US stocks fell into red territory Thursday, with the Dow Jones Industrial Average index plummeting more than 350 points as skyrocketing COVID-19 cases prompted concerns over the US’ economic recovery.

At closing bell, the Dow Jones fell by 361.19 points, as the S&P 500 saw a 17.89-point loss. However, the tech-heavy NASDAQ managed to stay in the green with a gain of 55.25 points. 

Shares that suffered blows during the day’s trading included those of the travel industry’s Royal Caribbean Cruises and American Airlines Group, as well as stocks tied to retail stores Walgreens and Bed Bath & Beyond, among other hard-hit companies.

US markets, however, hit their worst lows of the day after the Florida Department of Health reported 8,935 new COVID-19 cases, bringing the total number of cases confirmed in the Sunshine State to 232,718. 

According to the Sarasota Herald-Tribune, the rate of positive tests for the whole of Florida was a whopping 19.5% for the past seven days.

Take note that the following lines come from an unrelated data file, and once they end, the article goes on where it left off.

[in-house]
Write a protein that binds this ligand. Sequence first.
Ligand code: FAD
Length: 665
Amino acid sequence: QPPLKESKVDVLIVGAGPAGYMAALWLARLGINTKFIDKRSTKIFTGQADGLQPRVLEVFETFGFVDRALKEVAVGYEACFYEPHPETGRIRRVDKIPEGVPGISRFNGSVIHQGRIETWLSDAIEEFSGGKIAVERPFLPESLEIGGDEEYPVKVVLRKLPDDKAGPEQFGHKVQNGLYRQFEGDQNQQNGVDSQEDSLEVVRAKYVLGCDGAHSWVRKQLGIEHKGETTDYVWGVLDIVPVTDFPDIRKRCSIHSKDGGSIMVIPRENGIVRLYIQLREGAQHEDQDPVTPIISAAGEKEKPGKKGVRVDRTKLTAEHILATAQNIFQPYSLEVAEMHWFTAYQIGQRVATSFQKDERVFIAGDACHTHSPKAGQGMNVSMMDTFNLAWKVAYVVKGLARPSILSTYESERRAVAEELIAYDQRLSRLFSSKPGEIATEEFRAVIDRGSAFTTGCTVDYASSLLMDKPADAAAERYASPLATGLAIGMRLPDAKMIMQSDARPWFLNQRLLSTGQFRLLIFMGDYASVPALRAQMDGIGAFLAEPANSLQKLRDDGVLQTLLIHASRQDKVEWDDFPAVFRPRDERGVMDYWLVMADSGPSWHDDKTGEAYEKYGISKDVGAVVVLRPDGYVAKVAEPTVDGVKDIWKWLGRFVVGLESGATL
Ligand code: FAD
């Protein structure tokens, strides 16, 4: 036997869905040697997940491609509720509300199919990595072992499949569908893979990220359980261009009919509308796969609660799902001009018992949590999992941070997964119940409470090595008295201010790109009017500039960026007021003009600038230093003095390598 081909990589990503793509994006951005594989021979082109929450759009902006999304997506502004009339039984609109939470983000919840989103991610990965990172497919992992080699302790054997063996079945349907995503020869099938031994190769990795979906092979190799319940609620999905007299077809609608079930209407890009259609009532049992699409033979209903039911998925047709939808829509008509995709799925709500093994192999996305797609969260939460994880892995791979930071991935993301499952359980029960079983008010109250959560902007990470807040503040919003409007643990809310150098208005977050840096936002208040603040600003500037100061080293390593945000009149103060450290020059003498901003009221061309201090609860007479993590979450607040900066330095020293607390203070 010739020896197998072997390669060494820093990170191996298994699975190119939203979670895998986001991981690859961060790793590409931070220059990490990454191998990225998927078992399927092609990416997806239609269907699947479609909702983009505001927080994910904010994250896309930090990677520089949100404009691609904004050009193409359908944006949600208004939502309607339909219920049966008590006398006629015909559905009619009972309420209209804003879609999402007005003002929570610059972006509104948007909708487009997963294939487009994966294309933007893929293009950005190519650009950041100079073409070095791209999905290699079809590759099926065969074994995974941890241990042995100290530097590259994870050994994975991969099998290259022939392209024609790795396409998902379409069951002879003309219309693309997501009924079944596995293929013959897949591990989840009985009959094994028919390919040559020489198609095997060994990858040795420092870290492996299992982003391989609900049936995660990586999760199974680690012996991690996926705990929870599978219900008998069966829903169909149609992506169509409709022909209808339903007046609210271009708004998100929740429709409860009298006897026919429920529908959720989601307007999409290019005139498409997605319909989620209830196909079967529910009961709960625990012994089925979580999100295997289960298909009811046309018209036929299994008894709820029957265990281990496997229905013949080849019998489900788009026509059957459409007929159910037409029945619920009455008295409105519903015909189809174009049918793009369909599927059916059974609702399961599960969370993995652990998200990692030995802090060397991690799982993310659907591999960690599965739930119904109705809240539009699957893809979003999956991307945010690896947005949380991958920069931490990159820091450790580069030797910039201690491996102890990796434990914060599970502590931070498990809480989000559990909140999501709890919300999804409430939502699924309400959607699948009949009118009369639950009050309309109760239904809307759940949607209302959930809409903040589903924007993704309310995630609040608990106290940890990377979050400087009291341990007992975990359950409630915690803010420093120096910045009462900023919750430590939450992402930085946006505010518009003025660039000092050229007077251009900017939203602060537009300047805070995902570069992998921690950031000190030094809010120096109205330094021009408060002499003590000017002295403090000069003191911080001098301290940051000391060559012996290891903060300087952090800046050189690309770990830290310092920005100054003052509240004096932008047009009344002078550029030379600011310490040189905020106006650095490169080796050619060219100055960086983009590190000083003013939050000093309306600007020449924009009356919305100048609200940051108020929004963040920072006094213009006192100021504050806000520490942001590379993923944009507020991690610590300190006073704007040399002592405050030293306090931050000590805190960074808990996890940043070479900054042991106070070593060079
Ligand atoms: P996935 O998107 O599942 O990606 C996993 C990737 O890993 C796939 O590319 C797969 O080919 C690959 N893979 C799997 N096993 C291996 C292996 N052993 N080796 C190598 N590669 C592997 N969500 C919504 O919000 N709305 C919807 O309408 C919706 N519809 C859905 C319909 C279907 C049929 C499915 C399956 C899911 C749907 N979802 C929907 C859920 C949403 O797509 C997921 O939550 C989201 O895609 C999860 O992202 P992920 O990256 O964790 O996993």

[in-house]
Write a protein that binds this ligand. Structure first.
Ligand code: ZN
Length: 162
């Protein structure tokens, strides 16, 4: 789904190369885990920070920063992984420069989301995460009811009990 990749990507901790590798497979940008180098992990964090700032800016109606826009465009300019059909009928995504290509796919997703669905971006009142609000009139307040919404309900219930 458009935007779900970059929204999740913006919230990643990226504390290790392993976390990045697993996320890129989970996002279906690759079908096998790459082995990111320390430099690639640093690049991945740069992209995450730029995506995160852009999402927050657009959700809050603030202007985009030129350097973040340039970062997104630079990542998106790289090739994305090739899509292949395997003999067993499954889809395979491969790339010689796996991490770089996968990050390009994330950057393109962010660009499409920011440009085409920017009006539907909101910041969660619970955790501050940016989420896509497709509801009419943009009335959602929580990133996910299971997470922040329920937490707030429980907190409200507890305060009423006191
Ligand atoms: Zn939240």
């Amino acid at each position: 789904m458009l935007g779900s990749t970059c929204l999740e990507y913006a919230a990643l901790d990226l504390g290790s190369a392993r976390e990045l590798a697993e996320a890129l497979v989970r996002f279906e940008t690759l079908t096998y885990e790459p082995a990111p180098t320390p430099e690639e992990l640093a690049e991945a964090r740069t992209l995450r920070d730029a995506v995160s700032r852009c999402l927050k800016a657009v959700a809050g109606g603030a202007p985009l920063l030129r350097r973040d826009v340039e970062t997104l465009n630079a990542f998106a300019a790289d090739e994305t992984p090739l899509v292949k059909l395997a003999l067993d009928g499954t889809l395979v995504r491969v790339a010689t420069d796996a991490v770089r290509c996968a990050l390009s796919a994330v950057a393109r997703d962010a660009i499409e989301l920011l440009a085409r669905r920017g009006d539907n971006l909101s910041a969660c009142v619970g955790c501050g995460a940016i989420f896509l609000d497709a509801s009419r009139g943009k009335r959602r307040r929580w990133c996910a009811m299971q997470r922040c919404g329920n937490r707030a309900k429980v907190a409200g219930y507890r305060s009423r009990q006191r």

Analysts anticipate that COVID-19 figures in the state will only continue to spike as theme parks, such as Universal Studios and Walt Disney World’s Magic Kingdom and Animal Kingdom, are set to reopen.

At present, over 3 million novel coronavirus cases have been confirmed in the US, according to data from Johns Hopkins University. More than 130,000 COVID-19-related deaths have been reported in the US. 

Indices only appeared to recover somewhat after Dr. Anthony Fauci, director of the National Institute of Allergy and Infectious Diseases, noted in a Thursday video statement that a COVID-19 vaccine could be accessible by 2021. He also stated that Moderna’s vaccine candidate would likely advance into phase three clinical trials by the end of the month.

New report sees jobless claims remain elevated

With new COVID-19 cases emerging across the Land of the Free, investors are growing increasingly concerned that the effects of the pandemic will further delay an economic recovery.

A Thursday report from the US Department of Labor revealed that 1.3 million Americans filed for unemployment benefits in the week ending July 4, prompted by new COVID-19 cases forcing some states to reverse course on reopening plans.

Although the report noted a drop of 99,000 claims from the week prior, the new figures also marked the 15th consecutive week in which initial claims totaled over 1 million.

Liz Ann Sonders, the chief investment strategist at financial company Charles Schwab, told CNBC that “these are definitely good numbers, but this is going to be a long and bumpy road.”

“We still have a long road ahead of us,” she added.